Novel regulation of gene expression in brain tumors identified

Study reveals how combination of two key enzymes promotes tumor cell formation and growth

Study results revealed previously unknown interplay between two key enzymes and a novel understanding of how brain cancer tumors form and spread, according to researchers at The University of Texas MD Anderson Cancer Center.

The study, led by Zhimin Lu, M.D., Ph.D., professor of Neuro-Oncology, identified a previously unreported linkage between two enzymes known as Gcn5 and alpha-ketoglutarate dehydrogenase (alpha-KGDH), providing important new information about a histone modification process called succinylation. Results were published in the Dec. 6 online issue of Nature.

Histones are proteins vital for gene regulation, and histone modifications are central to regulation of many chromosome-related processes, including DNA replication, transcription and repair. There are 16 known histone modifications, including succinylation. Lu’s team studied the alpha-KGDH-generated succinyl-coenzyme A, a molecule crucial for many biochemical reactions in protein, carbohydrate and lipid metabolism, as well as for providing energy to cells.

“Succinylation is a newly identified histone modification; however, the mechanism underlying histone succinylation and its functional consequences are unknown,” said Lu. “In our study, we demonstrated that alpha-KGDH, when coupled with Gcn5, induces histone succinylation and promotes tumor cell proliferation and tumor development.”

Gcn5 is an enzyme known as a histone acetyltransferase which delivers molecular components making up an acetyl group to histone genes, allowing the genes to be switched on or off. Histones and other proteins, when modified by this process known as acetylation, play critical roles in regulation of gene expression, typically resulting in increased gene expression.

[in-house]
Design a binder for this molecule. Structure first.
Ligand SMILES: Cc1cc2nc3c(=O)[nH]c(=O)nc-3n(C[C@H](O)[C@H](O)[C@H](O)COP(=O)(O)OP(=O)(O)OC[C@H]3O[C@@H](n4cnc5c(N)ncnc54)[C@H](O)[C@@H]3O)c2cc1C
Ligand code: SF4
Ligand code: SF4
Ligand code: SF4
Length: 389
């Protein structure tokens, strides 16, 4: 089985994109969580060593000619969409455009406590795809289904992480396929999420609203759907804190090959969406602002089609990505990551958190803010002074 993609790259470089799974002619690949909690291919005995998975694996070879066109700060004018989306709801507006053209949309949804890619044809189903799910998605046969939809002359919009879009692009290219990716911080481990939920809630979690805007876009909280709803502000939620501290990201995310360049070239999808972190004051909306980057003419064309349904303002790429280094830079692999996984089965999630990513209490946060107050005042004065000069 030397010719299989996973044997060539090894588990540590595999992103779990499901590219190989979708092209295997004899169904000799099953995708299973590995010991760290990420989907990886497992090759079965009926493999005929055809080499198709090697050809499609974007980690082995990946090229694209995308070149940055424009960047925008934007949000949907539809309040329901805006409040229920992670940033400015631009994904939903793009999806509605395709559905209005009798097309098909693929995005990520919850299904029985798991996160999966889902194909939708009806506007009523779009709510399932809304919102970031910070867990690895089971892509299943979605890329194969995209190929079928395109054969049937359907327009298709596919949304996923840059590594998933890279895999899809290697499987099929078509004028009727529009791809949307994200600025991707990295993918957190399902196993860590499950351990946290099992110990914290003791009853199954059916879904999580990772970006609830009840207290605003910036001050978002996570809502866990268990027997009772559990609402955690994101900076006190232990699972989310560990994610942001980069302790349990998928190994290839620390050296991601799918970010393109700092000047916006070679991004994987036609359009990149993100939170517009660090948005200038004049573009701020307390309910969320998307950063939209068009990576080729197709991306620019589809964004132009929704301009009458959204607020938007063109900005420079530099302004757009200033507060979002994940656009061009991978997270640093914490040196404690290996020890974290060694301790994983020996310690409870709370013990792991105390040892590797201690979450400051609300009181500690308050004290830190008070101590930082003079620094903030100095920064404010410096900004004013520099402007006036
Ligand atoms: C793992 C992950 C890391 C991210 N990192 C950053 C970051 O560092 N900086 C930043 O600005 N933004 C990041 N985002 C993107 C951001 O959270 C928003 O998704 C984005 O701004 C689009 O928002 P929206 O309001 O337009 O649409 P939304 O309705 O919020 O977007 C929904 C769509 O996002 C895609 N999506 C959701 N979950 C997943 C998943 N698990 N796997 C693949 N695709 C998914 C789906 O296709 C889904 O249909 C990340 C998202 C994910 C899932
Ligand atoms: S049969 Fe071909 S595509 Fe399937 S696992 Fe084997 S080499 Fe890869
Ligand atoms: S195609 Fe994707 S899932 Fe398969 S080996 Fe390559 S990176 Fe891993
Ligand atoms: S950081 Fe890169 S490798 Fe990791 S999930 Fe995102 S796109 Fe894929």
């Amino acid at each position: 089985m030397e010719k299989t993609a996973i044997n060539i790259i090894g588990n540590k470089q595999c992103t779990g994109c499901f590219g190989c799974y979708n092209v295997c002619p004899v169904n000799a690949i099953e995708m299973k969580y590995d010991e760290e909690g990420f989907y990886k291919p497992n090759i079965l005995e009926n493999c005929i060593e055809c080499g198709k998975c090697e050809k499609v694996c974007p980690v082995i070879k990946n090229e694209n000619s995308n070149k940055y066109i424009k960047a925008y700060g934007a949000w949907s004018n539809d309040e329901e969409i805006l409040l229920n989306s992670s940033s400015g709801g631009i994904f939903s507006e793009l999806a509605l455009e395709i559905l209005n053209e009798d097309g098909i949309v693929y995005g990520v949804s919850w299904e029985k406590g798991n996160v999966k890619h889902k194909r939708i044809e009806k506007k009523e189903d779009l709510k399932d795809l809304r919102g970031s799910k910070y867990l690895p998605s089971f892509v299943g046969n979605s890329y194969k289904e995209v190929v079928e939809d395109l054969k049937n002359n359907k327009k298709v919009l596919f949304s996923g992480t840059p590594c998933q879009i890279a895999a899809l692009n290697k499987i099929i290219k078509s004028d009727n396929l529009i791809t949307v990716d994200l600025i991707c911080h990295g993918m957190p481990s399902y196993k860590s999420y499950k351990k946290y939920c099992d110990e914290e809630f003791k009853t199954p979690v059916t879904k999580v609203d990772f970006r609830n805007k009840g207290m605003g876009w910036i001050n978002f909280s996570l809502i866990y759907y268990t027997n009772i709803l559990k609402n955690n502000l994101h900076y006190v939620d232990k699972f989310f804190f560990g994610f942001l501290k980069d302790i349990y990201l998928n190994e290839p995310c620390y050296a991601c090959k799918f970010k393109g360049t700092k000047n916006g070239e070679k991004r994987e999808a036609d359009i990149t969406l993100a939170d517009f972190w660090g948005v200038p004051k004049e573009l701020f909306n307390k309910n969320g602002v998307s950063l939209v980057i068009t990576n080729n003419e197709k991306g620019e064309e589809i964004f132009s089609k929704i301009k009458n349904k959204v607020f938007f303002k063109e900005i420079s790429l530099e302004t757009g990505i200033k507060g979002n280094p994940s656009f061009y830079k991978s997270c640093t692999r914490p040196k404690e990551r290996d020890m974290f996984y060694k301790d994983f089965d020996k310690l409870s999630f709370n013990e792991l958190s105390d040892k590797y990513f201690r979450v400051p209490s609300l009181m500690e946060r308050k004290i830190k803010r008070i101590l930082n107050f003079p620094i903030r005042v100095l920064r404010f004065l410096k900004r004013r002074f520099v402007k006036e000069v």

“We demonstrated that alpha-KGDH interacts with Gcn5 in the cell nucleus and found that tumor cell proliferation and tumor growth were inhibited when alpha-KGDH was blocked from entering the cell nucleus or by disruption of Gcn5’s binding to succinyl-coenzyme A,” said Lu. “These findings underscore the significance of Gcn5-regulated gene expression coupled with the metabolic enzyme alpha-KGDH in tumor cell proliferation and formation.”

MD Anderson study team members included Yugang Wang, Ph.D., Rui Liu, Ph.D., Yan Xia, Ph.D., Jong-Ho Lee, Ph.D., Xin-jian Li, Ph.D., Yanhua Zheng, Ph.D., all of Neuro-Oncology; Lin Tan and Peiying Yang, Ph.D., General Oncology; and David Hawke, Ph.D., Molecular Pathology. Other participating institutions included Rice University, Houston; University of California, Berkeley; Houston Methodist Research Institute, Houston; People’s Hospital of Hangzhou Medical College, Hangzhou, China; Wenzhou Medical University, Wenzhou, China; Peking Union Medical College, Beijing; the Affiliated Hospital of Qingdao University, Qingdao, China; and Tsinghua University, Beijing.

The study was funded by the National Institutes of Health (2R01 CA109035, 1R01CA169603, 1R01NS089754, P30CA016672 and 2P50CA127001), the James S. McDonnell Foundation 21st Century Science Initiative in Brain Cancer Research Award (220020318), and the Welch Foundation (C-1565).